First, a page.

In 2004, Domenico De Sole, the Chairman of Sotheby’s auction house sued Knoedler & Co, a major art dealer house based in New York for selling him a fake painting. De Sole had paid $8.3 million for Untitled, 1956, a work by the abstract expressionist, Mark Rotho. The artist flourished in the middle of last century and De Sole was delighted at having the painting, until he discovered seven years later, that it was actually a painting of squares made by a Chinese copier in Queens. The painting turned out to be just one of many fraudulent copies of modern masterpieces the now defunct gallery had sold. All in all the art swindles added up to a mind boggling $70 million and dozens of enraged clients.
This is just one example of art fraud. It is an old industry. Ever since artists’ work started selling for large sums, someone was there to make money from fakes. Many of these fakers were students of the artists or someone in their close circle. Others could be failed artists who did not have the talent to make masterpieces but enough skill to copy one and sell it. If the artist was dead and did not have anyone to watch over his art, and it was almost always a ‘his’ in those days, it was even easier.
The methods have become more sophisticated with time, sophisticated enough to fool famous auction houses. Knoedler & Co. is not the only one to have been duped into buying fake masterpieces. In 2000 both Christie’s and Sotheby’s offered Paul Gaugin’s Vase de Fluers for sale. It was later revealed that the dealer who owned the original painting had a copy made which he sold to one of the art houses with a proper letter of authenticity. A 1791 landscape painting made by Thomas Gainsborough was only caught when light pencil marks were found just below the signature, telltale marks that showed that it has been traced.
Art prices have only been increasing in the past few decades and so the forgery business is getting larger day by day. It’s a similar case in Pakistan where fake paintings of old masters are sold from ‘collectors’ to buyers or through art galleries such as Eye for Art in Karachi. Forgers have exploited Sadequain, Gulgee, Chughtai, and many others and poor imitations of their work keep cropping up in places including international auction houses and art galleries. Regarding Sadequain, Anwar Maqsood famously said that he made more paintings after his death than when living.
There are different types of fake paintings. The more common are copies of recognized works. One would think that they would be more easily found out but since artists in Pakistan are rarely exhibited in public, there is a lack of awareness in the general masses. Lacking a real sense of the artist’s oeuvre, they are easily fooled. The other case is of creating new works in the artists’ style, often using completely different themes or motifs. The third form is more plagiarism than actual forgery, in which the artists style is copied but the work is not passed on as his or hers.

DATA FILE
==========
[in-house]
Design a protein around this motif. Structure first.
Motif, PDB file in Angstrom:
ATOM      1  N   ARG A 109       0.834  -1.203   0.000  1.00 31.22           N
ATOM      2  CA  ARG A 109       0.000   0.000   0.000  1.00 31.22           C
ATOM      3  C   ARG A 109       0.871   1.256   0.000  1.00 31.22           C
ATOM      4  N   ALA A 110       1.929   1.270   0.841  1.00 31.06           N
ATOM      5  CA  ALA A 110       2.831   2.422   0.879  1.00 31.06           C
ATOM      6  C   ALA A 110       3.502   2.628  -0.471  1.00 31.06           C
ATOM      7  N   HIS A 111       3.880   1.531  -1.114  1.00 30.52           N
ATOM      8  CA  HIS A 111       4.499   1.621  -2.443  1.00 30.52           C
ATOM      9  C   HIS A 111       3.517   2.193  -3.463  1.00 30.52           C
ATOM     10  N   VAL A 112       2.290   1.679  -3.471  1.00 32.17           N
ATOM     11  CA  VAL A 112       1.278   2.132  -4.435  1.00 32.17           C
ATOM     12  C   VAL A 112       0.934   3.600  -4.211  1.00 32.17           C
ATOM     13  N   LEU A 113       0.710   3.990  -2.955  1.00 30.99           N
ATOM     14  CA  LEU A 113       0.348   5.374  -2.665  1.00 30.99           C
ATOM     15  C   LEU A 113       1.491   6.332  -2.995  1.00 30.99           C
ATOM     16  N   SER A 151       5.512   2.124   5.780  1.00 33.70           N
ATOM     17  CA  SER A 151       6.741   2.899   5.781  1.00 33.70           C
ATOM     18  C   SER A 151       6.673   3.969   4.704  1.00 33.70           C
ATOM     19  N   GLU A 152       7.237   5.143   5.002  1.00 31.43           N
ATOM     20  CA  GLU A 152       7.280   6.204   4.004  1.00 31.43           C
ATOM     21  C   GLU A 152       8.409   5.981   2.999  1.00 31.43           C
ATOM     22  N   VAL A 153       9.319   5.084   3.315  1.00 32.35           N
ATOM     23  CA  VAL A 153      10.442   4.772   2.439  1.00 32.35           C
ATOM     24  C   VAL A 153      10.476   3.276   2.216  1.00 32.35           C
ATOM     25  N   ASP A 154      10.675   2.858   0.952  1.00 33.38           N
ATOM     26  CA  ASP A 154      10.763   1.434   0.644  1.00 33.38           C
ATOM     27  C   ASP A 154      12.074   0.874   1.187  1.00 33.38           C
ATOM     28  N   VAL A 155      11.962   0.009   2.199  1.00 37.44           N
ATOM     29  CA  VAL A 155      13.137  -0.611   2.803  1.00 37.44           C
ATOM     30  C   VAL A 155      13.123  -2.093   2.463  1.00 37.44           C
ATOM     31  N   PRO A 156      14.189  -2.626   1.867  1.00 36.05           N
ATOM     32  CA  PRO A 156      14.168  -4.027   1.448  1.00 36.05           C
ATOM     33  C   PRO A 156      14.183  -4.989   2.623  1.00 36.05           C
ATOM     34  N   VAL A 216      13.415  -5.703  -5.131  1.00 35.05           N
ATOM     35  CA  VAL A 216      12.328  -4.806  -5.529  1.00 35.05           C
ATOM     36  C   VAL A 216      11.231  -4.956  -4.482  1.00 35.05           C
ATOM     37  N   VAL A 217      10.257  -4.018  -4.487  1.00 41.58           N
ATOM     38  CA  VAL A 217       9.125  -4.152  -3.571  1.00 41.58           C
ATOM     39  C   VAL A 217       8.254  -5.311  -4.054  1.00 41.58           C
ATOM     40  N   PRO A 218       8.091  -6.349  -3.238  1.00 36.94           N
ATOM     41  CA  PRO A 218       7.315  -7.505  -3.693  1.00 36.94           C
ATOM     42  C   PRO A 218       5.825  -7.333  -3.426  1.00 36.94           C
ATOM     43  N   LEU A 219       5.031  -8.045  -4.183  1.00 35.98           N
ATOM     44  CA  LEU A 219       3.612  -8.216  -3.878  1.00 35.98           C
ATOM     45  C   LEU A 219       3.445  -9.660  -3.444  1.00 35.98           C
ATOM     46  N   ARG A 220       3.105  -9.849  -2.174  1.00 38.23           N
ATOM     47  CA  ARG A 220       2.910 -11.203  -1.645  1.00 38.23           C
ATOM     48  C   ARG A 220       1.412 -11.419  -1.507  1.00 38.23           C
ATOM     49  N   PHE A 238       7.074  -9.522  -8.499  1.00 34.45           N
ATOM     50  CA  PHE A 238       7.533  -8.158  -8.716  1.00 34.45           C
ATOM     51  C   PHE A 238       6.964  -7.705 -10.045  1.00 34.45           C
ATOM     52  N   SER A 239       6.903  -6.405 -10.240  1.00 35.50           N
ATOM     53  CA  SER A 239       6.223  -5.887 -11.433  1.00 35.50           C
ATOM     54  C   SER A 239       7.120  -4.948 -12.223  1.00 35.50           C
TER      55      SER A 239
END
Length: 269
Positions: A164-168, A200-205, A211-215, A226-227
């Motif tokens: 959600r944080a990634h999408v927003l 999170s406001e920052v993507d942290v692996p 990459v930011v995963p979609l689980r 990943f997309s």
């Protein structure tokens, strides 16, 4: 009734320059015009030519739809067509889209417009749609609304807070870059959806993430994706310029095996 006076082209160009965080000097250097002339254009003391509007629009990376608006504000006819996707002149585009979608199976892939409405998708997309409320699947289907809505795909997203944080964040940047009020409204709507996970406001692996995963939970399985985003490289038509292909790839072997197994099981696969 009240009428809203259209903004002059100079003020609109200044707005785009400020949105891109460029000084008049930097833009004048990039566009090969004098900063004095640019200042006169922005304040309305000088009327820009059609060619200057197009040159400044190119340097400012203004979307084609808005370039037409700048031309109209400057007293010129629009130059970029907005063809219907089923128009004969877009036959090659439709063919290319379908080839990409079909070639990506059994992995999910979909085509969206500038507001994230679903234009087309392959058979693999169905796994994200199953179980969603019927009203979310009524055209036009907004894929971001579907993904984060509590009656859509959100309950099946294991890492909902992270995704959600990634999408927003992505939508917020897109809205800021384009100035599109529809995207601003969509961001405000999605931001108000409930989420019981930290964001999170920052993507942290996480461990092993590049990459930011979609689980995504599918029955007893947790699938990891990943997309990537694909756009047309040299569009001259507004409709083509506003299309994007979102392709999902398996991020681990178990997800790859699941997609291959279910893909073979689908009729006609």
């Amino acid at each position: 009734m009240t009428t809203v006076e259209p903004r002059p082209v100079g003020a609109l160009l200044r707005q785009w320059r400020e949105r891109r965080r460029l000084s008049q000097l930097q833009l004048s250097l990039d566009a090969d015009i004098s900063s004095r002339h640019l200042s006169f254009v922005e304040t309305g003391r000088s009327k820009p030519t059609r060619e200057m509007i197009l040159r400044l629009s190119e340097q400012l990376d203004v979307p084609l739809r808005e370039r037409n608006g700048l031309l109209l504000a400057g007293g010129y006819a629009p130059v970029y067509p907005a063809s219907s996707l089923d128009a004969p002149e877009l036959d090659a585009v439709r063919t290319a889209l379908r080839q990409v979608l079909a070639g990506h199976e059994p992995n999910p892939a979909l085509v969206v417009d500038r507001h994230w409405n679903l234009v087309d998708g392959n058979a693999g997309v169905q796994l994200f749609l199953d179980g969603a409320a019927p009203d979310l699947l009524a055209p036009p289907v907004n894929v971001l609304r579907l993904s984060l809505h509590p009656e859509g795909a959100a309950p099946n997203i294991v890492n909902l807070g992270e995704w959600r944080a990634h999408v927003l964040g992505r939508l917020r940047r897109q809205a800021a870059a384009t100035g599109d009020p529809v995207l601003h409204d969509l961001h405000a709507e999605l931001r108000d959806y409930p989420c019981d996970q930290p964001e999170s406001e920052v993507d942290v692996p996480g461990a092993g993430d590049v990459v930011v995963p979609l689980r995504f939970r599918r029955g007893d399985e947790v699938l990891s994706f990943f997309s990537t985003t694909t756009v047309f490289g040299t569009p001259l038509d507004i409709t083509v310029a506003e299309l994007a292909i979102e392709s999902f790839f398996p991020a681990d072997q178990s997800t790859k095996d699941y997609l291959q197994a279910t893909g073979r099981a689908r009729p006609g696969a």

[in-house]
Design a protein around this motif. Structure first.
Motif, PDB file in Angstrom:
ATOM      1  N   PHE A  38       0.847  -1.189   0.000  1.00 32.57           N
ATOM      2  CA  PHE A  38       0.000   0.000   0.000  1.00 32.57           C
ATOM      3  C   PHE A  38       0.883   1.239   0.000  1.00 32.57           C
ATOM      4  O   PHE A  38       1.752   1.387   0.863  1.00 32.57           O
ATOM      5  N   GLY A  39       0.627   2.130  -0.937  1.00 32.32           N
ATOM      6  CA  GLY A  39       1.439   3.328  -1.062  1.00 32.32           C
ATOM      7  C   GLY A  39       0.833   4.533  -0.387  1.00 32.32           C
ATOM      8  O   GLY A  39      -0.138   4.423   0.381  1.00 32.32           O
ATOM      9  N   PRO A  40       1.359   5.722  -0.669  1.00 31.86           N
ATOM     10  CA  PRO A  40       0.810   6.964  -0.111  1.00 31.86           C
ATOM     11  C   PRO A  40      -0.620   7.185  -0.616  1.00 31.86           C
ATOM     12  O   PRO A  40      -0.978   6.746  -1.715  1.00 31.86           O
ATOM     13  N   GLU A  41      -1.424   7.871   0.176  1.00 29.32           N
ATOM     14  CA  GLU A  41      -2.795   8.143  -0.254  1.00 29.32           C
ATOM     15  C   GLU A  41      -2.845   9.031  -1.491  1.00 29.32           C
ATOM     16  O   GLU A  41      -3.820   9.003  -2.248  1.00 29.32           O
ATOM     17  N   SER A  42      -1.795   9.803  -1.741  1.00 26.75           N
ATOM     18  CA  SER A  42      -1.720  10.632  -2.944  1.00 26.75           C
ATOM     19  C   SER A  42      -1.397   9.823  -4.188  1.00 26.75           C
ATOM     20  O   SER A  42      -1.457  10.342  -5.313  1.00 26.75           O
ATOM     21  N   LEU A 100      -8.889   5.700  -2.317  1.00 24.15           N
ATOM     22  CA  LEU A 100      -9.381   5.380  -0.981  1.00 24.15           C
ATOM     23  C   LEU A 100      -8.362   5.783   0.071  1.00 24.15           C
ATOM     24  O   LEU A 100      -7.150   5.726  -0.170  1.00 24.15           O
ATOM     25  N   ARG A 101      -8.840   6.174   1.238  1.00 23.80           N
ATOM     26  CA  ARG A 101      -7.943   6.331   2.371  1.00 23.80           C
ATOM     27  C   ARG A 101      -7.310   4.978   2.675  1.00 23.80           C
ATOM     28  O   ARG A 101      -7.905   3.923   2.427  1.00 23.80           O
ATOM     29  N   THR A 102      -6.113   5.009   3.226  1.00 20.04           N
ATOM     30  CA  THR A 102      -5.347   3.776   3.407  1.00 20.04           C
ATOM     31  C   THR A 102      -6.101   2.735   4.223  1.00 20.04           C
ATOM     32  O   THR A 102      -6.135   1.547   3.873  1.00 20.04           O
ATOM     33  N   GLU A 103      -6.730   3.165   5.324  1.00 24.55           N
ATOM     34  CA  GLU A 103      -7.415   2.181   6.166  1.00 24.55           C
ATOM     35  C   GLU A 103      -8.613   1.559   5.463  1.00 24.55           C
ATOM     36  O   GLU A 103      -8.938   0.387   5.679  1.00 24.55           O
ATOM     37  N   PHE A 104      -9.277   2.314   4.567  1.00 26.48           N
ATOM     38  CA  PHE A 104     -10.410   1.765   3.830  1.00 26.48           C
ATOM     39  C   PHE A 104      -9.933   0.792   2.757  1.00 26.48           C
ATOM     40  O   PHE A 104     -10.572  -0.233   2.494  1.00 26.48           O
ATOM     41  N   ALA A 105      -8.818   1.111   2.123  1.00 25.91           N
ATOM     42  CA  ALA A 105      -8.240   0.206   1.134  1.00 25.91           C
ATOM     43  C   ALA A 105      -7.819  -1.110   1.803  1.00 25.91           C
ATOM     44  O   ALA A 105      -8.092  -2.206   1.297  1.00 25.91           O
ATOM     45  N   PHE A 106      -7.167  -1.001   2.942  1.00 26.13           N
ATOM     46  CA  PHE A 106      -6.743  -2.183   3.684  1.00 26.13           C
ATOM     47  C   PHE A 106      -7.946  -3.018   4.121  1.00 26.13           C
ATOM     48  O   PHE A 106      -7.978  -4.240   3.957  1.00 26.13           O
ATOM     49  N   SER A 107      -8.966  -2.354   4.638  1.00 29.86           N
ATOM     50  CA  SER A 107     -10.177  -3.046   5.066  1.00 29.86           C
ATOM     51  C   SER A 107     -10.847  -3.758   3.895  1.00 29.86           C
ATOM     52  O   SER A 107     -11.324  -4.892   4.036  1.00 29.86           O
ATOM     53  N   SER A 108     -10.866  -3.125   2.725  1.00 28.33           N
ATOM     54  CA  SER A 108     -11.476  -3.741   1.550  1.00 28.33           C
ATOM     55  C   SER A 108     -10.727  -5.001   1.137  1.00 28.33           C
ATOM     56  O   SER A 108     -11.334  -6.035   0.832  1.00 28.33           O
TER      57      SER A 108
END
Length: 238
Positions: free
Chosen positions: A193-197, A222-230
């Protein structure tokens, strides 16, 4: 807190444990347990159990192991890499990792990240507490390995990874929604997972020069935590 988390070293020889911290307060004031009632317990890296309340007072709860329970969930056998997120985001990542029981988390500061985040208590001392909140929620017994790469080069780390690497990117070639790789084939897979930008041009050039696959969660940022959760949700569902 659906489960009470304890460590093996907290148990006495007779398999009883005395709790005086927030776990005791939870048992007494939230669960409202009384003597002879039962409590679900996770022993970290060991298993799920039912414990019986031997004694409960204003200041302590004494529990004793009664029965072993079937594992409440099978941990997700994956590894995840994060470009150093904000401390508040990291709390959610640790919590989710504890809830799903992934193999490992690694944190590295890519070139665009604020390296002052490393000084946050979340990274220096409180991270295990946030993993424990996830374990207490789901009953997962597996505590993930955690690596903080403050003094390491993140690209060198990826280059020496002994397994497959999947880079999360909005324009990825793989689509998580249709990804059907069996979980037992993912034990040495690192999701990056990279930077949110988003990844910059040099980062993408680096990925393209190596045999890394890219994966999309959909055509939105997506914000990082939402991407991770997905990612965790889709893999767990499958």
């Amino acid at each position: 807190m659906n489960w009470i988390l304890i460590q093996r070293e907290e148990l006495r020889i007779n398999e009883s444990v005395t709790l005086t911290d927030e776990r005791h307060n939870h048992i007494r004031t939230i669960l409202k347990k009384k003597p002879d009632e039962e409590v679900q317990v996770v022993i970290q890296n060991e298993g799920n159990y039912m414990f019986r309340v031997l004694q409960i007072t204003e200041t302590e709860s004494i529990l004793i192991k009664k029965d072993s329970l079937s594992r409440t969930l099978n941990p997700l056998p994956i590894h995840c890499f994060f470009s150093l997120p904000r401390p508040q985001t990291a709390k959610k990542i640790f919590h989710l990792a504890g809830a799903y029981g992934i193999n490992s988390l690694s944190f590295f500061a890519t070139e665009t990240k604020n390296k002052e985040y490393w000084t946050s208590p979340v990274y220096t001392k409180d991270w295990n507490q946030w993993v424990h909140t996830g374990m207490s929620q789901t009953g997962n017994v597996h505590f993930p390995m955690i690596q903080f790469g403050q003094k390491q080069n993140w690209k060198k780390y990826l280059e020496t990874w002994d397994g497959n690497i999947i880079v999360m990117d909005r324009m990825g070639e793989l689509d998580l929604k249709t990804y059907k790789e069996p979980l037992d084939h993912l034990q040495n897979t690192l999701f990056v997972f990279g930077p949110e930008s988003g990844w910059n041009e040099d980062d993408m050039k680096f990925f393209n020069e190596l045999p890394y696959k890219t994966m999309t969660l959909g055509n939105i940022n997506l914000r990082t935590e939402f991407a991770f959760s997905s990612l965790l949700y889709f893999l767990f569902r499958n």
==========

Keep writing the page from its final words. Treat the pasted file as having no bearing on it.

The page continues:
In Pakistan, getting away with these malpractices is easy. As I mentioned earlier, the larger public lacks knowledge about art. Even self-proclaimed art lovers are swindled because of their ignorance about working styles, motifs, materials, and other aspects of the artists’ work. Even if someone is caught, the legal system is such that cases can drag on for ages and few people have the resources of time and money to get justice.
In developed countries, these offenses are considered crimes and people who are found guilty face incarceration. The third reason is the casual attitude towards intellectual property rights and plagiarism. Many people are happy to buy a fake, knowing very well that it is one, just so they can own a ‘masterpiece’ for a lesser price. When names and not art becomes the selling point, it creates a fertile ground for fakes industry.
Of course, finding out whether a painting is fake is possible. The first step is establishing a paper trail of ownership or provenance. Eventually the paper trail should be strong enough and reach back to the artist. The other way is connoisseurship i.e. what the experts generally believe about the art piece. The knowledge of materials, themes, styles, motifs and other details is necessary for any artist. This ties into forensics in which analysis of materials can help. Only then can they form an educated opinion about the authenticity of a painting and catch a fake. For instance, Wolfgang Beltracchi was one of the many forgers in history but once he made a copy using a paint containing traces of titanium for a fake Heinrich Campendonk painting. Too bad for him that there was no titanium white in Campendonk’s day and he was undone. A Vincent van Gogh self-portrait was revealed as a fake because the motifs did not match. In it Vincent had his ear bandaged while in the background was a Japanese print of a female. These two motifs did not match the actual periods, the print was from young Van Gogh while the bandage from mature and so the painting was unmasked as a fake.
A series of portraits by Clementine Hunter were revealed as fakes after a careful forensic investigation of the painting. Many had cat hair stuck in the paint while her other paintings did not. It turned out that her forgers owned many cats and they had rubbed against the wet paint. In all these cases, knowledge of the artists’ methods, materials and motifs were the clinching arguments.
Art buyers in Pakistan should realize that they are making a significant investment and should be wary of the fakes industry. If they end up buying a fake, they have not only wasted their money but also played a role in spoiling the artists’ legacy. Surely, the latter is the bigger crime.